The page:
“Once a patent is issued, the patentee must enforce the patent without aid of the USPTO,” states the USPTO. “The patent law specifies the general field of subject matter that can be patented and the conditions under which a patent may be obtained,” continues USPTO information.

“In the language of the statute, any person who ‘invents or discovers any new and useful process, machine, manufacture, or composition of matter, or any new and useful improvement thereof, may obtain a patent,’ subject to the conditions and requirements of the law. The word ‘process’ is defined by law as a process, act, or method, and primarily includes industrial or technical processes. The term ‘machine’ used in the statute needs no explanation. The term ‘manufacture’ refers to articles that are made and includes all manufactured articles. The term ‘composition of matter’ relates to chemical compositions and may include mixtures of ingredients as well as new chemical compounds. These classes of subject matter taken together include practically everything that is made by man and the processes for making the products.”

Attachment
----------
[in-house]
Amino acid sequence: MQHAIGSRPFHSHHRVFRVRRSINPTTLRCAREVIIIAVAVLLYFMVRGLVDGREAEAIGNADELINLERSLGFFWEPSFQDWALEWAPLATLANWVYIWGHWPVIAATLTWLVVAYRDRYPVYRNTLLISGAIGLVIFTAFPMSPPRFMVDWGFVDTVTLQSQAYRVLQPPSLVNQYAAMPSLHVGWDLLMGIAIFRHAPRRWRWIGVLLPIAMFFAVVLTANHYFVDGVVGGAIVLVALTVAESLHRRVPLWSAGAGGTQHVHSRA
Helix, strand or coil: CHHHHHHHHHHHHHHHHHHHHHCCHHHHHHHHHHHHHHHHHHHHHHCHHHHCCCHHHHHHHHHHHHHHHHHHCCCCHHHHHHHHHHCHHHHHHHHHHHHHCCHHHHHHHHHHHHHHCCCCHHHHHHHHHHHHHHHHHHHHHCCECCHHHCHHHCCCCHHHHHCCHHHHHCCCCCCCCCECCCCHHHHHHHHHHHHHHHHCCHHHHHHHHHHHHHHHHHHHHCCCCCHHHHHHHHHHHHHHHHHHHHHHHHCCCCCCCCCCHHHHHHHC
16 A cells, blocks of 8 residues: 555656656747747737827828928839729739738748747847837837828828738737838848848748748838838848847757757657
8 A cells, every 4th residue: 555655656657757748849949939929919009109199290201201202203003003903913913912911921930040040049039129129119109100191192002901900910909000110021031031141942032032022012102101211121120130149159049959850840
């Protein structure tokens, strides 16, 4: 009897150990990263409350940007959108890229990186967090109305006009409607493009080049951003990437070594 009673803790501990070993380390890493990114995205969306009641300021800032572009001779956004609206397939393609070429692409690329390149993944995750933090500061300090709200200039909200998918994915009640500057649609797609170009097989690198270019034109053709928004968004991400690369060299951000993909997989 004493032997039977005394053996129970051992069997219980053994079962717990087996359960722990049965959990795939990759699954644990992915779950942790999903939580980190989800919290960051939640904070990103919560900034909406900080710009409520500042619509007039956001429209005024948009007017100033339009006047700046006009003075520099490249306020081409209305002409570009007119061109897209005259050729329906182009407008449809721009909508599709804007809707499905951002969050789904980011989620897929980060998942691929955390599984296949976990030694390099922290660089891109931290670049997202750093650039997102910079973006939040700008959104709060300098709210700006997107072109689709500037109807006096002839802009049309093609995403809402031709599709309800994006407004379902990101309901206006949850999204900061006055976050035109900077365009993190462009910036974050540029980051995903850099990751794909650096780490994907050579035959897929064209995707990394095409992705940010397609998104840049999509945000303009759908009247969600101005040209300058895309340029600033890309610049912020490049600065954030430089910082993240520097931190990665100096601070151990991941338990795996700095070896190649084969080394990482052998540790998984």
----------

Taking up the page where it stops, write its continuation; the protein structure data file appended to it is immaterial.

If your business owns rights to an invention that needs this type of protection, then you do need to apply for a patent. Work with an experienced intellectual property attorney from an office like the Bolender Law Firm. There are some pre-application steps that are very important and getting help from a legal professional versed in patents is in your best interest as you determine what type of patent you need, whether there are other similar (or identical) ones in existence already, and more. Understanding patent laws and the application process can be complicated.